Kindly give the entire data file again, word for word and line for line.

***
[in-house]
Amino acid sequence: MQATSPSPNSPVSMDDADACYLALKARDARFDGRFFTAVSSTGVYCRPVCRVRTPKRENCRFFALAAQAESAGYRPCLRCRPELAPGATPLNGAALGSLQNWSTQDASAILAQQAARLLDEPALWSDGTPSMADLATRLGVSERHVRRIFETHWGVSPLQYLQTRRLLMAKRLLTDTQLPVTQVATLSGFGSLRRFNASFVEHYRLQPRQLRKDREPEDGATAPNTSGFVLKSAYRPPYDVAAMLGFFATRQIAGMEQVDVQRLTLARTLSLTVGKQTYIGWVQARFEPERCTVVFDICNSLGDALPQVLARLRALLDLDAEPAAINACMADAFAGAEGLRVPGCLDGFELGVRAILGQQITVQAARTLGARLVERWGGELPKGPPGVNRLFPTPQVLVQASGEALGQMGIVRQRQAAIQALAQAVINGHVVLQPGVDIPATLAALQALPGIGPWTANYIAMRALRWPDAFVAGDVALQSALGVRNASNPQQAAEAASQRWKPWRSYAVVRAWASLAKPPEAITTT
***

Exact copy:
[in-house]
Amino acid sequence: MQATSPSPNSPVSMDDADACYLALKARDARFDGRFFTAVSSTGVYCRPVCRVRTPKRENCRFFALAAQAESAGYRPCLRCRPELAPGATPLNGAALGSLQNWSTQDASAILAQQAARLLDEPALWSDGTPSMADLATRLGVSERHVRRIFETHWGVSPLQYLQTRRLLMAKRLLTDTQLPVTQVATLSGFGSLRRFNASFVEHYRLQPRQLRKDREPEDGATAPNTSGFVLKSAYRPPYDVAAMLGFFATRQIAGMEQVDVQRLTLARTLSLTVGKQTYIGWVQARFEPERCTVVFDICNSLGDALPQVLARLRALLDLDAEPAAINACMADAFAGAEGLRVPGCLDGFELGVRAILGQQITVQAARTLGARLVERWGGELPKGPPGVNRLFPTPQVLVQASGEALGQMGIVRQRQAAIQALAQAVINGHVVLQPGVDIPATLAALQALPGIGPWTANYIAMRALRWPDAFVAGDVALQSALGVRNASNPQQAAEAASQRWKPWRSYAVVRAWASLAKPPEAITTT